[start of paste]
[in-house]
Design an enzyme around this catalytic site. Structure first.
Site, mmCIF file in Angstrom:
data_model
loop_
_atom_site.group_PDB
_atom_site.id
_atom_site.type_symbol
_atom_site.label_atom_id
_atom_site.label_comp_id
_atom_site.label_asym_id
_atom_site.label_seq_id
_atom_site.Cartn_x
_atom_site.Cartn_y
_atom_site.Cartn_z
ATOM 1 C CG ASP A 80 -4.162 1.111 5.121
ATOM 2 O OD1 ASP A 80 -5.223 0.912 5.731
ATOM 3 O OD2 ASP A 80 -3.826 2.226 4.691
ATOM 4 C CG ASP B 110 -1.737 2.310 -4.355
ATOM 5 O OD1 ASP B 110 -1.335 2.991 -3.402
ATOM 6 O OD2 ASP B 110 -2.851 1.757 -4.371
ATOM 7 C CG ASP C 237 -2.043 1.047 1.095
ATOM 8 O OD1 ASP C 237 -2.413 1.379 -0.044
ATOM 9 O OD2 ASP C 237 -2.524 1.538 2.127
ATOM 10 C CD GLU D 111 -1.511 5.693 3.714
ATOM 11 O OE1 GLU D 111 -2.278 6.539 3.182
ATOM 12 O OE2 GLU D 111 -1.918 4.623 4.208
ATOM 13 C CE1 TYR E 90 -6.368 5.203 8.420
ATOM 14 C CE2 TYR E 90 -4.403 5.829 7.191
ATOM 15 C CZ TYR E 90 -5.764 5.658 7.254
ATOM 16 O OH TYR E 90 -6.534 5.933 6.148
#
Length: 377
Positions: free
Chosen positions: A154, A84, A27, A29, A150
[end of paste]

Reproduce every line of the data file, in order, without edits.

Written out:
[in-house]
Design an enzyme around this catalytic site. Structure first.
Site, mmCIF file in Angstrom:
data_model
loop_
_atom_site.group_PDB
_atom_site.id
_atom_site.type_symbol
_atom_site.label_atom_id
_atom_site.label_comp_id
_atom_site.label_asym_id
_atom_site.label_seq_id
_atom_site.Cartn_x
_atom_site.Cartn_y
_atom_site.Cartn_z
ATOM 1 C CG ASP A 80 -4.162 1.111 5.121
ATOM 2 O OD1 ASP A 80 -5.223 0.912 5.731
ATOM 3 O OD2 ASP A 80 -3.826 2.226 4.691
ATOM 4 C CG ASP B 110 -1.737 2.310 -4.355
ATOM 5 O OD1 ASP B 110 -1.335 2.991 -3.402
ATOM 6 O OD2 ASP B 110 -2.851 1.757 -4.371
ATOM 7 C CG ASP C 237 -2.043 1.047 1.095
ATOM 8 O OD1 ASP C 237 -2.413 1.379 -0.044
ATOM 9 O OD2 ASP C 237 -2.524 1.538 2.127
ATOM 10 C CD GLU D 111 -1.511 5.693 3.714
ATOM 11 O OE1 GLU D 111 -2.278 6.539 3.182
ATOM 12 O OE2 GLU D 111 -1.918 4.623 4.208
ATOM 13 C CE1 TYR E 90 -6.368 5.203 8.420
ATOM 14 C CE2 TYR E 90 -4.403 5.829 7.191
ATOM 15 C CZ TYR E 90 -5.764 5.658 7.254
ATOM 16 O OH TYR E 90 -6.534 5.933 6.148
#
Length: 377
Positions: free
Chosen positions: A154, A84, A27, A29, A150